When I think of federalism, I recall the Federalist Papers and picture the political campaign waged by the authors of the U.S. Constitution. Alexander Hamilton, James Madison and John Jay argued that within the union, states could each benefit from a synergy unattainable by means of individual effort. Then I look at modern Russia, which is drifting away from its federal political structure toward a de facto unitary state. President Vladimir Putin is making every effort to convince the political elite and ordinary Russians that federalism in its current state is ill-formed, ineffective and counterproductive. Recent opinion polls indicate that the people, in fact, support their president in his decision to end direct elections of regional leaders and to eliminate single-mandate State Duma districts.
The problem with Russian federalism is that the country has never had an efficient federal structure. Essentially, current relations between Moscow and the regions are grounded in the only experiences with federal arrangements Russians ever had, namely Soviet-era ethno-federalism and the asymmetrical federalism of President Boris Yeltsin's administration.
During the Soviet era, the ethnic republics enjoyed relative regional autonomy in terms of day-to-day operations but remained under the total control of the party and state apparatus. As with any centrally controlled structure, Soviet-style federalism was plagued with tremendous information asymmetries. During their years in power, the regional elites excelled in bargaining with the central authorities and obtaining personal benefits in return for loyalty. This arrangement was extremely inefficient for both the center and the regions. And when Mikhail Gorbachev loosened the grip of central command, the leaders of ethnic republics went shopping for independence on the wave of mass support from their constituencies.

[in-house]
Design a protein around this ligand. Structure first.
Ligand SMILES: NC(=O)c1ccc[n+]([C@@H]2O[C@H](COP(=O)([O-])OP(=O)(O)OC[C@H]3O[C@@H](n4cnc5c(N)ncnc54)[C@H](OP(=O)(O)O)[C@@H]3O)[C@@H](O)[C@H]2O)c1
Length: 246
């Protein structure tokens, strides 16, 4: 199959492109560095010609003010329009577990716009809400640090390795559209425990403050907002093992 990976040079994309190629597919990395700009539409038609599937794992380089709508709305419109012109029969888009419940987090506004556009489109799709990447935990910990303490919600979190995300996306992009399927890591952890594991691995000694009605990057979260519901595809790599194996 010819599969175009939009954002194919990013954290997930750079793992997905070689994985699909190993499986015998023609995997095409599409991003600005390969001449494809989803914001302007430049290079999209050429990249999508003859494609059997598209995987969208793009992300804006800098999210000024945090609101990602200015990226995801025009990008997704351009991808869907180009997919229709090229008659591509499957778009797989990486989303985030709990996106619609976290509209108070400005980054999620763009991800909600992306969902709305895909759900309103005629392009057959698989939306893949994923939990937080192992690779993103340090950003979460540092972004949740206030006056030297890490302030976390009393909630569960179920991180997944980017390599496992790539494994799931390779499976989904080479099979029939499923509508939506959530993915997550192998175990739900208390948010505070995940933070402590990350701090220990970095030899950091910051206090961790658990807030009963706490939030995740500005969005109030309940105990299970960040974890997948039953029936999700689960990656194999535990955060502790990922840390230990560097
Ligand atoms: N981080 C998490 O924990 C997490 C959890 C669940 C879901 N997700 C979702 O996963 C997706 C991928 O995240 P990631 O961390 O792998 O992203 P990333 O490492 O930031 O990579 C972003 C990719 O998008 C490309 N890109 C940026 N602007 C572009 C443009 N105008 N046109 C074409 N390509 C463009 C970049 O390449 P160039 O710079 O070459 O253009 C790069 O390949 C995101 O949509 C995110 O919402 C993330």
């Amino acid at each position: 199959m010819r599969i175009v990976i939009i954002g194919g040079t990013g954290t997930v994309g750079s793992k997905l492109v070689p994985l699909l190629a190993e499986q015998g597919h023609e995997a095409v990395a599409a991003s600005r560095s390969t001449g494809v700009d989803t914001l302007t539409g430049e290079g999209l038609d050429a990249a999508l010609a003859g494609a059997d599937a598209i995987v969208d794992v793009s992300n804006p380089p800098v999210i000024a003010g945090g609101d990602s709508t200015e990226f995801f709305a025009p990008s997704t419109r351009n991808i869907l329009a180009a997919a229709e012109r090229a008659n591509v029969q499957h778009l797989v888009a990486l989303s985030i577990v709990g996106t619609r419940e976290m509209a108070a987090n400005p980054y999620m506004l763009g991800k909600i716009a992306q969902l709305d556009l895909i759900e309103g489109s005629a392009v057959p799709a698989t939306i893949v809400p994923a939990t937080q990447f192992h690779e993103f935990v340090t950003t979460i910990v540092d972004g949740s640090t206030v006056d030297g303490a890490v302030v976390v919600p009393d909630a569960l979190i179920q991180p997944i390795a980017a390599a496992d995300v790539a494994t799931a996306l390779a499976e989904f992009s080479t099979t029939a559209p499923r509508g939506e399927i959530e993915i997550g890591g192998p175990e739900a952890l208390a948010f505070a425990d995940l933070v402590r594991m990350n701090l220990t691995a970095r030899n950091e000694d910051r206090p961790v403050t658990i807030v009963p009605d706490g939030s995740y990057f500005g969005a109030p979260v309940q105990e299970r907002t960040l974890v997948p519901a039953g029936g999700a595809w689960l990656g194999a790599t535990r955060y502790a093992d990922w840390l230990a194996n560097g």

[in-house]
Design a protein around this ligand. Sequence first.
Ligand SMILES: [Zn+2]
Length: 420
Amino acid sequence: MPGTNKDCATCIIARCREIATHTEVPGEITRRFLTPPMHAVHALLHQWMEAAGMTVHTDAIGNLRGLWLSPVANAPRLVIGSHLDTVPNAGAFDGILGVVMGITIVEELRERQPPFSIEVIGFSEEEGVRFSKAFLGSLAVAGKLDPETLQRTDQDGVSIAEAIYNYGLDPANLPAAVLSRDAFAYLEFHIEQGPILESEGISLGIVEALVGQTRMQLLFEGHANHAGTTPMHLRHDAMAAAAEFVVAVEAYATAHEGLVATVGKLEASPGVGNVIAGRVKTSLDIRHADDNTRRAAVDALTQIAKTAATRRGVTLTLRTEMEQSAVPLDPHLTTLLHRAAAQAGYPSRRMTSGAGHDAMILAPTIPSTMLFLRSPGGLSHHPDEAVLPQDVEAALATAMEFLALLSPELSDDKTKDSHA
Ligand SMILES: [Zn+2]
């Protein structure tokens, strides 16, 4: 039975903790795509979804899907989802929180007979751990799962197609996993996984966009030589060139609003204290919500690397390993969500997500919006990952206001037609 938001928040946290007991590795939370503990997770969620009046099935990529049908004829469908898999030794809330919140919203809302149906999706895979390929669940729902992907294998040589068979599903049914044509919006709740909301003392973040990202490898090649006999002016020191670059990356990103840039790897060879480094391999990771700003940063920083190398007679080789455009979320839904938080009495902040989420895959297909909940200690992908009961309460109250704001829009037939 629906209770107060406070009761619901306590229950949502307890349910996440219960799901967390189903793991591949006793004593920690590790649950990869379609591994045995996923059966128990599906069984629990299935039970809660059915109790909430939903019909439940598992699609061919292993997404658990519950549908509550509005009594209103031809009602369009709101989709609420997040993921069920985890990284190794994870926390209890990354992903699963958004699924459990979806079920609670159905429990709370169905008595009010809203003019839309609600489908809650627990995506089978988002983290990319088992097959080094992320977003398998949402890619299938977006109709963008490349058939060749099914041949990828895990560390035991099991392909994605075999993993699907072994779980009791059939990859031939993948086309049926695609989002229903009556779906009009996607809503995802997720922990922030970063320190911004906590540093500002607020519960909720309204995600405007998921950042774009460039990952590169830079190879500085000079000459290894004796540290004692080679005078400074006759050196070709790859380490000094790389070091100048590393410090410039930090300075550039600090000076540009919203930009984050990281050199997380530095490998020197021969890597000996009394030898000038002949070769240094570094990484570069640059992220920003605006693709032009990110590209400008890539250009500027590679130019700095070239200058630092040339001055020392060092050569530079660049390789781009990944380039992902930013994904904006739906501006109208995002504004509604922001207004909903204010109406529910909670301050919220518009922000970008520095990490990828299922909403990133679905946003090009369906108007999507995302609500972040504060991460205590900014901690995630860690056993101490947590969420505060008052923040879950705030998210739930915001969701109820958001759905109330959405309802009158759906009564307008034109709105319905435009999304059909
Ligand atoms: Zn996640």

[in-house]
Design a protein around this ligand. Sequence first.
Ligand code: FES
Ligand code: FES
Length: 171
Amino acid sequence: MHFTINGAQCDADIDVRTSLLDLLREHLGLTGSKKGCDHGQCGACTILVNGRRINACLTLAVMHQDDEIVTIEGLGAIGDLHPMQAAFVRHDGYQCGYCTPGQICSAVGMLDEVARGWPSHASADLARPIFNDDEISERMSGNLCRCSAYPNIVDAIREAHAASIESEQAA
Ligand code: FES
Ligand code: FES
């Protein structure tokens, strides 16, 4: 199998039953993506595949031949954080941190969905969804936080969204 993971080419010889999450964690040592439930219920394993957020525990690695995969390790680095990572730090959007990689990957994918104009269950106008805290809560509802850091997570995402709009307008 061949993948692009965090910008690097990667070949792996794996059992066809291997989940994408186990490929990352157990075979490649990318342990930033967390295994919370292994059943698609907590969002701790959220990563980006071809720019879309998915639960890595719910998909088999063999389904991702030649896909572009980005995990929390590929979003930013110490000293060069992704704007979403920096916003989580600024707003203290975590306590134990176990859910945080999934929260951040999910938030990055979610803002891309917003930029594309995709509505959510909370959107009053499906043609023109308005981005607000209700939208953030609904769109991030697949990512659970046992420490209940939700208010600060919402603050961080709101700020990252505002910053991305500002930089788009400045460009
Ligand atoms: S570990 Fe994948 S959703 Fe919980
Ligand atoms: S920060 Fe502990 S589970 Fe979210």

While on paper Russia had a federal structure during the Soviet period, it was in fact a unitary framework with regions that were formally autonomous but subordinated to central party control. When all hell broke loose, the Soviet Union collapsed, and the wave of independence reached the newly independent Russian Federation, Yeltsin had no choice but to offer regional leaders as much autonomy as they could stomach. In the early 1990s, the federal center was weak and lacked the resources to breed loyal subjects in all 89 regions of the country. In an attempt to keep the country together, Moscow and the regions reached a compromise in the form of bilateral power-sharing agreements. Thanks to these agreements, the amount of regional autonomy correlated directly with the amount of power in the hands of regional leaders. To a large extent, this was the solution that prevented the breakdown of Russia.
This asymmetry in relations between the center and the regions in the 1990s is largely responsible for the current dismay with which many Russians think of federalism. For the first 10 years after the collapse of the Soviet Union, regional leaders governed with scarce resources and soft budgetary constraints. For the most part, they tried to bargain with the center for funding and made unsecured loans to finance both regional and federal programs. As a result, many social responsibilities were left without funding, and regions became financially insolvent. Not all regional leaders were equally successful in this bargaining game. Some, like Tatarstan's president, Mintimer Shaimiyev, or the leader of Bashkortostan, Murtaza Rakhimov, managed to strike much better deals with Yeltsin in return for their personal loyalty and support. Others, mostly the leaders of resource-poor regions, had to struggle for every ruble of federal transfers.